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Members' book club

Our members' book club runs four times a year. Mind members and staff share reviews of the books they have been reading, and members can enter a prize draw to win copies of all the books that we've reviewed.

Our latest reviews

The Miracle Morning by Hal Elrod

The Miracle Morning is the wake-up call everyone should introduce to their life.

Self-care is extremely important. In this day and age it can make the world of difference when we give some time back to ourselves.

You don’t have to wake up at 5am, but you need to commit to making a change and waking up at least 30 minutes earlier than normal. You focus on 6 main aspects called S-A-V-E-R-S. This is an acronym for Silence, Affirmations, Visualisation, Exercise, Reading and Scribing which have all been proven to enhance wellbeing.

I have always tried to fit mediation, journaling and yoga into my life. But, by the end of each day I was finding there was rarely any time left. I was exhausted. But now, I do all 6 SAVERS in the morning, most days of the week, and I can see the change in myself.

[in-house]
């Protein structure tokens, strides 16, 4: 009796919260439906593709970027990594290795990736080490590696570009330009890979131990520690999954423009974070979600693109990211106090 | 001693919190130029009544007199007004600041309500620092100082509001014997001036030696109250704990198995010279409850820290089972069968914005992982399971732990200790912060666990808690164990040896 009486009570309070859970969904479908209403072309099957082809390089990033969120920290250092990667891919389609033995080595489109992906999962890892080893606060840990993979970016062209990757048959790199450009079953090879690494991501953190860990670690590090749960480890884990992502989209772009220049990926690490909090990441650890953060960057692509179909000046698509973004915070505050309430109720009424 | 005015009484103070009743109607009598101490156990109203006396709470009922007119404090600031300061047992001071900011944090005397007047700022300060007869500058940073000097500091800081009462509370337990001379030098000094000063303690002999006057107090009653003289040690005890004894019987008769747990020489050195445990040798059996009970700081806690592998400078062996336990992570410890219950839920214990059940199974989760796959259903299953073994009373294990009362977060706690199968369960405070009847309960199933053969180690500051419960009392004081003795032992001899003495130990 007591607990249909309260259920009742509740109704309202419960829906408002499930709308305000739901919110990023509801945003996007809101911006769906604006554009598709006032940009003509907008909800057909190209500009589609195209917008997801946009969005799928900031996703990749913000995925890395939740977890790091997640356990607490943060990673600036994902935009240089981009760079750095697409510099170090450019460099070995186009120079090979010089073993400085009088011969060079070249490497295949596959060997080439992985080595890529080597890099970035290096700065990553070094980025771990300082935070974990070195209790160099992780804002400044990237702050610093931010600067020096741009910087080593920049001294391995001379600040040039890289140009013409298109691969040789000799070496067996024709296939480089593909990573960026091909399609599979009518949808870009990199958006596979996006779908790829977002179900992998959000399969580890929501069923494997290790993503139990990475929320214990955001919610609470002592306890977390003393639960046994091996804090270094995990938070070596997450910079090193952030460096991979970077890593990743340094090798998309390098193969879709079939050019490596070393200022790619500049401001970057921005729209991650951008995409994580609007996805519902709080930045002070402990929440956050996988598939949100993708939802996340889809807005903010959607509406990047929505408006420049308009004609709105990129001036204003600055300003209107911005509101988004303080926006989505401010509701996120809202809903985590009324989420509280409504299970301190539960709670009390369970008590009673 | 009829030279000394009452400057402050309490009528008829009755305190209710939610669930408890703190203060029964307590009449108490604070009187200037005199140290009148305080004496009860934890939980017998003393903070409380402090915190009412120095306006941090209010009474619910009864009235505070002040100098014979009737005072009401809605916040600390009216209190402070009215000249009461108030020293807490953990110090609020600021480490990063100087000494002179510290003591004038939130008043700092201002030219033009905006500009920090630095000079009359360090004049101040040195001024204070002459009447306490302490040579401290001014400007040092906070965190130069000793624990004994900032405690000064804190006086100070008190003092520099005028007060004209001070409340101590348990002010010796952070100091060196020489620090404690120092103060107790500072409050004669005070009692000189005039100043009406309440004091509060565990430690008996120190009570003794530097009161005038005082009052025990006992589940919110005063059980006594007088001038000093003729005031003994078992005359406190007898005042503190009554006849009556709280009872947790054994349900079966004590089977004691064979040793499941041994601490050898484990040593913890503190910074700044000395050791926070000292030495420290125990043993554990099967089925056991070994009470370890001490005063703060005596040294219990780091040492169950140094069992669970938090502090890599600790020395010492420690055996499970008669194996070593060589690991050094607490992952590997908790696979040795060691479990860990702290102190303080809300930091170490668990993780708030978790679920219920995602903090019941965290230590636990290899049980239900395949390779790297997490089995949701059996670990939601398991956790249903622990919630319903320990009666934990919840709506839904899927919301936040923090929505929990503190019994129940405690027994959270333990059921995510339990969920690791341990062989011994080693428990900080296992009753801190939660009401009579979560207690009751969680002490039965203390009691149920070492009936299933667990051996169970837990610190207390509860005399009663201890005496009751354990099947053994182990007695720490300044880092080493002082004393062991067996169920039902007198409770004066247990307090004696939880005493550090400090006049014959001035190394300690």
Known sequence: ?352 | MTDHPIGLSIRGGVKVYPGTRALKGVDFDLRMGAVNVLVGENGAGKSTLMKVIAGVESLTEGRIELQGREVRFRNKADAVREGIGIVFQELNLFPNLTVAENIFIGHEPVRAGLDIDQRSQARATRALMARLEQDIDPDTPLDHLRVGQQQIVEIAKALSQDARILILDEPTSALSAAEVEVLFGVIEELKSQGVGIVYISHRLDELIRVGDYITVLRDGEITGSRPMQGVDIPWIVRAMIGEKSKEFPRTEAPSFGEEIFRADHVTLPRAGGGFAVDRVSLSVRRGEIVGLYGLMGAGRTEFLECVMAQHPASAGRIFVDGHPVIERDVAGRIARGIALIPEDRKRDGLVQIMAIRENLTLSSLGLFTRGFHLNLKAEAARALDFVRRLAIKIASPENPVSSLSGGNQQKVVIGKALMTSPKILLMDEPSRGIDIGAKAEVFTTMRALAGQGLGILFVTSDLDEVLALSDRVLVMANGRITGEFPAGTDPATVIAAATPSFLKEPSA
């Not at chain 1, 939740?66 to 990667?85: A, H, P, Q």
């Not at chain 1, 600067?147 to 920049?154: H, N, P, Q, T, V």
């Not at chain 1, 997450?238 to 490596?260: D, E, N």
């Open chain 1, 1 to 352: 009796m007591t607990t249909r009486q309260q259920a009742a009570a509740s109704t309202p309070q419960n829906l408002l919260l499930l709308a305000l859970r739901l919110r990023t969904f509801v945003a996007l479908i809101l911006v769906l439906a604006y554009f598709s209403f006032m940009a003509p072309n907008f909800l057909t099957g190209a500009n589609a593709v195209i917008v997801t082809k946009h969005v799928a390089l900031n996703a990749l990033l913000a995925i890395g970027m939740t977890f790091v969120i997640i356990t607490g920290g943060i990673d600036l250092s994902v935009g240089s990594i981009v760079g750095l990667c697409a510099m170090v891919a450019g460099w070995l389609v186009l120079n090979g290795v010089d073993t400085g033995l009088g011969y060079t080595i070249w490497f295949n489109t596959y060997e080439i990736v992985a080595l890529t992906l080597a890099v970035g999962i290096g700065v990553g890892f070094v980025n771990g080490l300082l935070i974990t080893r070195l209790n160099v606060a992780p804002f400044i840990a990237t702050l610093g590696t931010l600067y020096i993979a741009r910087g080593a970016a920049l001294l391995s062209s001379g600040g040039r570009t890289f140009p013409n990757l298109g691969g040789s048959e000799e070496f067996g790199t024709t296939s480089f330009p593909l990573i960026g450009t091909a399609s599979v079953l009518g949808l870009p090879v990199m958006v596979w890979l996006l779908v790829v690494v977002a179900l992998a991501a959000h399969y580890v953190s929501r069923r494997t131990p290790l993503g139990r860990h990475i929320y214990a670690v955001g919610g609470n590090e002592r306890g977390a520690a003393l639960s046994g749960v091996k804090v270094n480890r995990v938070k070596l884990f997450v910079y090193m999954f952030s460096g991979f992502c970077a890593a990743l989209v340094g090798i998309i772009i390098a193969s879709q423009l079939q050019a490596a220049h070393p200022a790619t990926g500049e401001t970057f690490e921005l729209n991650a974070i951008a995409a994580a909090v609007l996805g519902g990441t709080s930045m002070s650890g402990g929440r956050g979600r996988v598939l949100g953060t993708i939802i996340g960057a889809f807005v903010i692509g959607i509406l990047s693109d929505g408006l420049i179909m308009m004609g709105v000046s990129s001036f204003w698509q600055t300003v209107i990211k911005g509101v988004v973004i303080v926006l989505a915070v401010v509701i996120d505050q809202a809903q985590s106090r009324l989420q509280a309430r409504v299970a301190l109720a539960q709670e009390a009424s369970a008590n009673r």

My head can be forever busy, so mediation helps calm the chatter. I have real moments of relaxation in a tranquil space and affirmations help me think positively when self-doubt creeps up.

I have more energy, have gained clarity and am therefore more productive in my day to day life. I feel like I'm taking care of myself properly at last.

I've had a massive realisation. A WOW moment! My mindset and health have never been better. There's also a Miracle Morning App to encourage you to try the SAVERS for 30 days. There's also an online community that will help you stay accountable. I recommend this book and way of life to everyone.

Reviewer: Sarah, Mind member

Manic Mosaic by Alexis Bear

Manic Mosaic is a book by Alexis Bear (I will refer to Alexis as Alex as he has since gone through transition).

The book tells you the story to “explain the mosaic of behaviour for friends and loved ones of people who live with depression”.

Reading this book, I already knew I had depression. However, once I had read through the book, I found I had understood my own mental health. The way Alex has used real life stories throughout helps the reader understand either their own depression, or a family member’s depression.

As Alex has been suffering with his own mental health issues, he has been able to create a 138-page book for those around the sufferer. Not only this, he has made sure to explain every little detail of depression that will help others understand their loved one who may be suffering.